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In Lighting the Path to Innovation Blog
authored by Fiber Bragg Grating Sensors

Nearly every fiber optic sensing (FOS) system uses some type of interferometer to obtain measurements on parameters like stress, strain and temperature. The majority of FOS systems in the market employ the use of fiber Bragg grating sensors to reflect light back to the interrogator, with each manufacturer utilizing a unique configuration and demodulation technique (the method used to obtain and interpret the optical signal provided by the sensors). The selected technique has a significant impact on the performance that is possible with a FOS system. The refresh rate, sensing length, number of sensors, spatial resolution and the interplay of each is largely determined by the demodulation technique. Certainly, there are many other variables that impact the performance of a FOS system, but understanding the capabilities and limitations of demodulation techniques is essential when determining which FOS system to purchase.

Fiber Bragg Gratings

Fiber Bragg gratings (FBG) operate as microscopic mirrors that reflect a very narrow wavelength range called the Bragg wavelength. Each grating is comprised of periodic modulations in the core of the fiber with spacing between each modulation. This changes the refractive index of the fiber so that a single wavelength is reflected, while the rest of the light is transmitted and continues down the fiber. The spacing between modulations changes when a grating is subjected to strain or a change in temperature. This alters the refractive index of the grating and causes the Bragg wavelength to shift. The FOS system then uses a demodulation technique to observe the change in wavelength and translates it into a measurement. A number of  demodulation techniques are discussed below.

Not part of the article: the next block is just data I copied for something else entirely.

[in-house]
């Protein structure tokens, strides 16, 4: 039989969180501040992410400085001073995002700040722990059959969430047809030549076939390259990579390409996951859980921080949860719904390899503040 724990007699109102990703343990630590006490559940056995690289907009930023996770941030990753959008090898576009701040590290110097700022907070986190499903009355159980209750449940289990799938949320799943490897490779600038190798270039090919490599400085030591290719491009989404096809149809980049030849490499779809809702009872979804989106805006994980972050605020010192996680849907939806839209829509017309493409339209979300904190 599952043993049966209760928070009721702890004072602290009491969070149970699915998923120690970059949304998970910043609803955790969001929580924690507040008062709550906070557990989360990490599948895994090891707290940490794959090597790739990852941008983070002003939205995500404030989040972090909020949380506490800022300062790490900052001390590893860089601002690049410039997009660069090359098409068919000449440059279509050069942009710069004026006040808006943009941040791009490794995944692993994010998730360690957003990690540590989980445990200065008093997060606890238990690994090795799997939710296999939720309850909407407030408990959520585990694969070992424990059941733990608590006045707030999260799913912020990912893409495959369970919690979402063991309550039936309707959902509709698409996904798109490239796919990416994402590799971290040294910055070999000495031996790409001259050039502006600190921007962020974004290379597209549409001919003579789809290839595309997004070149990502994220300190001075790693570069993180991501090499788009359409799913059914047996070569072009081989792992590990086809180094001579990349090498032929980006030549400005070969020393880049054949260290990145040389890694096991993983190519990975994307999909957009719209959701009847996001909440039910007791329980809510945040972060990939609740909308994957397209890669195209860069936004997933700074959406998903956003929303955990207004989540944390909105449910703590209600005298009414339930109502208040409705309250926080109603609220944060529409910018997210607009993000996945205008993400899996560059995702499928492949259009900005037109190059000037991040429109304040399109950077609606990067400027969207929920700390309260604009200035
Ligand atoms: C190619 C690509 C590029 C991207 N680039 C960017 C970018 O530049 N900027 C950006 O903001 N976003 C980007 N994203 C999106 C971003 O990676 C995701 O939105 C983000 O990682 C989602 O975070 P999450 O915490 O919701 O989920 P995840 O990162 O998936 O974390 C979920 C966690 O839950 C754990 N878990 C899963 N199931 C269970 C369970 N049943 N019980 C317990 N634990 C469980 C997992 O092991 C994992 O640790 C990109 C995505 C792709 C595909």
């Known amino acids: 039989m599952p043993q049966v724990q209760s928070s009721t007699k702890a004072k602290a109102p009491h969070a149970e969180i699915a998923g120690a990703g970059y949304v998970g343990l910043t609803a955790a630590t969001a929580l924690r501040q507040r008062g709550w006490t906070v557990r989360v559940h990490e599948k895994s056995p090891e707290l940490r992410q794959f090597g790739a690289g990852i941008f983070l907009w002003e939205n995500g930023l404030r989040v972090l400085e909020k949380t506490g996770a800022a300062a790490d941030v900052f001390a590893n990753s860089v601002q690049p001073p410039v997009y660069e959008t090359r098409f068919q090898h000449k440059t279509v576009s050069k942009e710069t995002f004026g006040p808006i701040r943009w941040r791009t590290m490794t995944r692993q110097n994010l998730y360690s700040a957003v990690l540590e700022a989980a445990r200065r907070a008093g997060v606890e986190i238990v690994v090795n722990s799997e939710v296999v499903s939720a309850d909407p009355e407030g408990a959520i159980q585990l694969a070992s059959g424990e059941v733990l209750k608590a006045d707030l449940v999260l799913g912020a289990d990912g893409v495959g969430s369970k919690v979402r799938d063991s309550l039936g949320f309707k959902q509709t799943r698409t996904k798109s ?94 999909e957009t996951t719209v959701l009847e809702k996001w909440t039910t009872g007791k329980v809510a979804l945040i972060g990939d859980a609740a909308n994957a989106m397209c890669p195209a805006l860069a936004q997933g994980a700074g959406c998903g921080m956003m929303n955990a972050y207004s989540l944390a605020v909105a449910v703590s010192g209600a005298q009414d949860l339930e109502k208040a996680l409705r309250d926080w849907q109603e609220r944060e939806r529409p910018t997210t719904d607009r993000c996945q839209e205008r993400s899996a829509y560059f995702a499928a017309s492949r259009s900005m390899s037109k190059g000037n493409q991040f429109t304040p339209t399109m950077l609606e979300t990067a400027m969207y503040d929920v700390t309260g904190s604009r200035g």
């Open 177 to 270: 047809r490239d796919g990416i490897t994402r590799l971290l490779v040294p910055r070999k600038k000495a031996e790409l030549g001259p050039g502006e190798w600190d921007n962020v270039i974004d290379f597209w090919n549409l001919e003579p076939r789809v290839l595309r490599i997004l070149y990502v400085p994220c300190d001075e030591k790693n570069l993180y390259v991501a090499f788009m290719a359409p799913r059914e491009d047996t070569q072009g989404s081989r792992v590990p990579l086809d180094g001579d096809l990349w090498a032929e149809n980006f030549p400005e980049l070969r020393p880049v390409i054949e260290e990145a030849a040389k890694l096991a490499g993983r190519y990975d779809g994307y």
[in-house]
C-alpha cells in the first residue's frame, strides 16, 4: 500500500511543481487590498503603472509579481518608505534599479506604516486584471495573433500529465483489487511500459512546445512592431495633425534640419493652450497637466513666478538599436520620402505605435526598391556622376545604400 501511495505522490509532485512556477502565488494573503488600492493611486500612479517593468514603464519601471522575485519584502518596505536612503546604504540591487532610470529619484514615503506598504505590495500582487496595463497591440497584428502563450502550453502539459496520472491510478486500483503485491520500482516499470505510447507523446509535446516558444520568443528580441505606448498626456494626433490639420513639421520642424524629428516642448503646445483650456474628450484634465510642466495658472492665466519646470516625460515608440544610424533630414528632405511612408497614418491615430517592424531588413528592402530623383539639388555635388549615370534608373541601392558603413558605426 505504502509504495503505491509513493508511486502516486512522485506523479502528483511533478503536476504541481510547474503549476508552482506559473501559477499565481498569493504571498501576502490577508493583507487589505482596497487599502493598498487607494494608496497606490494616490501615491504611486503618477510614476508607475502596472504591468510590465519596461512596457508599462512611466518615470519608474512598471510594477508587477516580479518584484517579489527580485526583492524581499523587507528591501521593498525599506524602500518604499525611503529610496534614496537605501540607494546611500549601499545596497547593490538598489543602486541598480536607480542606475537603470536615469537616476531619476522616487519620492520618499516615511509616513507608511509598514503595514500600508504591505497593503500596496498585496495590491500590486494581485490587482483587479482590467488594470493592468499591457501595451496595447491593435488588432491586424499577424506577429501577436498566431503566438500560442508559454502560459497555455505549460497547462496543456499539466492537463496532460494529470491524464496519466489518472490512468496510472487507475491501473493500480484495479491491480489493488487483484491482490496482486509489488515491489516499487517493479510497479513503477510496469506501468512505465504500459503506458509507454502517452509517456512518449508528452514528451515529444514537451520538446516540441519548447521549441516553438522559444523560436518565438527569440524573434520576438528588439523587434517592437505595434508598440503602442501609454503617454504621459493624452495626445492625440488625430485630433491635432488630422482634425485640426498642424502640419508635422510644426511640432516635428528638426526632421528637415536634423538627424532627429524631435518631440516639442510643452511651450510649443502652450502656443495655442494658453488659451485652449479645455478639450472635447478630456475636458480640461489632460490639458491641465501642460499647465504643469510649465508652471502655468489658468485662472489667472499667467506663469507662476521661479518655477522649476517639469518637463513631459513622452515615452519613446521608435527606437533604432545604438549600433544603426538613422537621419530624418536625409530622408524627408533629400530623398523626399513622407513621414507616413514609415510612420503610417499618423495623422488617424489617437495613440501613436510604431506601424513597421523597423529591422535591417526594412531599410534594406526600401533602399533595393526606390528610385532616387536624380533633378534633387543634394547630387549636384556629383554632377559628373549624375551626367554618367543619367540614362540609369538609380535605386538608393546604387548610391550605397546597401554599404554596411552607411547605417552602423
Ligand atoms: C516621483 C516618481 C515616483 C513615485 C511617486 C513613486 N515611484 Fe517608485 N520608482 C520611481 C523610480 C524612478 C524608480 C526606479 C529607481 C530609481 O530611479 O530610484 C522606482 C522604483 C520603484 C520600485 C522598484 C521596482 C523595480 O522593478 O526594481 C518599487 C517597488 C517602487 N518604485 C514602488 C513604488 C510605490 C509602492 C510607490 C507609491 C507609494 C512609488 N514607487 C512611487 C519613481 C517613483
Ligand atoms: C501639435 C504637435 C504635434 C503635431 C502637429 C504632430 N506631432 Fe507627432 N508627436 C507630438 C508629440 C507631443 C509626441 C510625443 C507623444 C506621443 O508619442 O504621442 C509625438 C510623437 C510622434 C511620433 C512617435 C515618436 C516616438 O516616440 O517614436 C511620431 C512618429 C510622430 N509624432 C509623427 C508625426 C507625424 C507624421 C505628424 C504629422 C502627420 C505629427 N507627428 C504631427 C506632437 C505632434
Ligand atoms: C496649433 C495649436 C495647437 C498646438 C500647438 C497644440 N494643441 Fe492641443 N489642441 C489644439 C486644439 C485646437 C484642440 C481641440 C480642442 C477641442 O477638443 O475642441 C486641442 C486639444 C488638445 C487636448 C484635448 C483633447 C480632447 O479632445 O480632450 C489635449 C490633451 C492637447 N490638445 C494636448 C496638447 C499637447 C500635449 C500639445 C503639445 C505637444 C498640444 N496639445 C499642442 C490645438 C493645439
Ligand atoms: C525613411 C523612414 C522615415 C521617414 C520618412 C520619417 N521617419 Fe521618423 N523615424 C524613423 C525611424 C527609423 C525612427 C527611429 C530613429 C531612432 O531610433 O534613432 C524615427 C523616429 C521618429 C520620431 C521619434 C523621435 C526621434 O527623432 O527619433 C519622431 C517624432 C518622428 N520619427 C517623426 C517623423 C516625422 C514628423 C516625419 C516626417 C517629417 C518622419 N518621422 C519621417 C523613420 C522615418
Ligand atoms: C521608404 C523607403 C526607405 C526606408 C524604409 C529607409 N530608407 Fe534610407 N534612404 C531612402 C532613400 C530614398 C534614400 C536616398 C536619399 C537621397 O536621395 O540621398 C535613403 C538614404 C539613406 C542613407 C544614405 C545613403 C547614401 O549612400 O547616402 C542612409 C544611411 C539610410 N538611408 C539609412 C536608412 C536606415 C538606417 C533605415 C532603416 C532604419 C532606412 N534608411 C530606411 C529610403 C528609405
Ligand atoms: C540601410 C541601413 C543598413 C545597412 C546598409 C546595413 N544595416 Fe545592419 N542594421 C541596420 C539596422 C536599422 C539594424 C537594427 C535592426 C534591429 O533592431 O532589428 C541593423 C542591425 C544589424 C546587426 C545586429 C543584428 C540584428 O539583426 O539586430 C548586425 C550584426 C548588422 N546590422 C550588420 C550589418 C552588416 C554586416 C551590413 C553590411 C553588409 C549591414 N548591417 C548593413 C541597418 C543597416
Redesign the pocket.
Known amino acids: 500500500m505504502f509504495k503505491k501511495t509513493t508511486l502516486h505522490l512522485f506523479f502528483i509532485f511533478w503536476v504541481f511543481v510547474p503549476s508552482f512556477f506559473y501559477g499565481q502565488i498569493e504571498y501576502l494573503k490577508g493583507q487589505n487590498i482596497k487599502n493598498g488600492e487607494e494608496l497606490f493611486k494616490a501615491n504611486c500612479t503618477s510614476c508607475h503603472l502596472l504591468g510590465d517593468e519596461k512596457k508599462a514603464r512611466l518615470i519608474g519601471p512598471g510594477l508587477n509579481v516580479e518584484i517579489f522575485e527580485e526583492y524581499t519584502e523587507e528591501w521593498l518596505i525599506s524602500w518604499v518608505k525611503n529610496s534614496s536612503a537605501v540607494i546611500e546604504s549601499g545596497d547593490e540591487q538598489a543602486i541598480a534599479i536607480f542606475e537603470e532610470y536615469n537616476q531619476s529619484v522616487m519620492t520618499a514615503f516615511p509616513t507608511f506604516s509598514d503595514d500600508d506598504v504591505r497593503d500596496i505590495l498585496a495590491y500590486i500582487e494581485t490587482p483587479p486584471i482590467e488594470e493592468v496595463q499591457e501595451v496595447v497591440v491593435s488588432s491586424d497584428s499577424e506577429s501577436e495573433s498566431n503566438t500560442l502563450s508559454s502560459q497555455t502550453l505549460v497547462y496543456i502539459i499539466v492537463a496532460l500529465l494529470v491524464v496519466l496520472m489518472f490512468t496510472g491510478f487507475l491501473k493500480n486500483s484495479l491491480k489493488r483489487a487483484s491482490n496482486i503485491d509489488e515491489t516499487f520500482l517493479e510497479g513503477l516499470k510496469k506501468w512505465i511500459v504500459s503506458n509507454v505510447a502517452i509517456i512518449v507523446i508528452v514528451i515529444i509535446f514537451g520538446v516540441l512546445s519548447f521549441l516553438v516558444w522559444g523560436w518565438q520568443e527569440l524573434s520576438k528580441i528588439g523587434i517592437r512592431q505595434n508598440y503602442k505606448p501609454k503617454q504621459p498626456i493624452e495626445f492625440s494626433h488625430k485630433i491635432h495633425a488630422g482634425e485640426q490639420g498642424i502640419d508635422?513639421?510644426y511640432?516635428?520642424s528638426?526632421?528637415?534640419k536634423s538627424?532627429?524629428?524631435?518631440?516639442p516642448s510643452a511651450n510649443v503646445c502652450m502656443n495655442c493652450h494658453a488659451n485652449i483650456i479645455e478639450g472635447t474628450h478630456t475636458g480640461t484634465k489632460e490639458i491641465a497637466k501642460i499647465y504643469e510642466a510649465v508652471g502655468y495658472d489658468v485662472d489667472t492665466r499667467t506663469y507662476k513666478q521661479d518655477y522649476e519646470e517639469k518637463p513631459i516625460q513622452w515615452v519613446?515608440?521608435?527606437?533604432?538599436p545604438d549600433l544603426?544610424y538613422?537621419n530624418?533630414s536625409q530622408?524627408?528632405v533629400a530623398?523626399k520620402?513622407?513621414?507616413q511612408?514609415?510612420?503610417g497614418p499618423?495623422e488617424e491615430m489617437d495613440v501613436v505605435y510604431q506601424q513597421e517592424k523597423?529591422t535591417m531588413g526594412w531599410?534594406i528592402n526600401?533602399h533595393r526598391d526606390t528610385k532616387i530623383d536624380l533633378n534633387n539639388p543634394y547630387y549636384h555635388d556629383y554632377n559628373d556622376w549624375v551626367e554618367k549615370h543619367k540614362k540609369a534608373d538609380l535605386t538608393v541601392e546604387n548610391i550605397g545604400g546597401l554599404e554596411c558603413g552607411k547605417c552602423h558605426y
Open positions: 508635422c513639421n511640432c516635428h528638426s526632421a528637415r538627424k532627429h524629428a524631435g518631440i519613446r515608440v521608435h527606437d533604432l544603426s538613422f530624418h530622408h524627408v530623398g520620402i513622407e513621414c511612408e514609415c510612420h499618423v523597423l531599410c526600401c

fiber bragg grating diagram

Demodulation Techniques

Wavelength Division Multiplexing

Wavelength division multiplexing (WDM) is the most common demodulation technique used on the market today. Each grating must be written at a different Bragg wavelength and the method  allows 60 sensors on average to be multiplexed on a single channel. However, only one channel can be interrogated at a time.

The amount of sensors per channel is limited because the reflected wavelengths cannot be written close to each other. If the Bragg wavelengths are too similar, a grating under strain could shift to reflect the same wavelength as another grating making the data useless. Long lead lengths can be used with WDM systems. However, only points of information can be obtained.  If an event occurs between sensors, the user will miss critical data.

While WDM systems can have high refresh rates, each additional sensor added to a channel will significantly reduce its capabilities. Another limiting factor for WDM systems is that the user must specify exactly where the gratings need to be written on the sensing fiber. This means that each fiber must be customized for each project, a cumbersome process. The process of identifying where the gratings need to be inscribed, as well as lead times for custom fibers can be lengthy.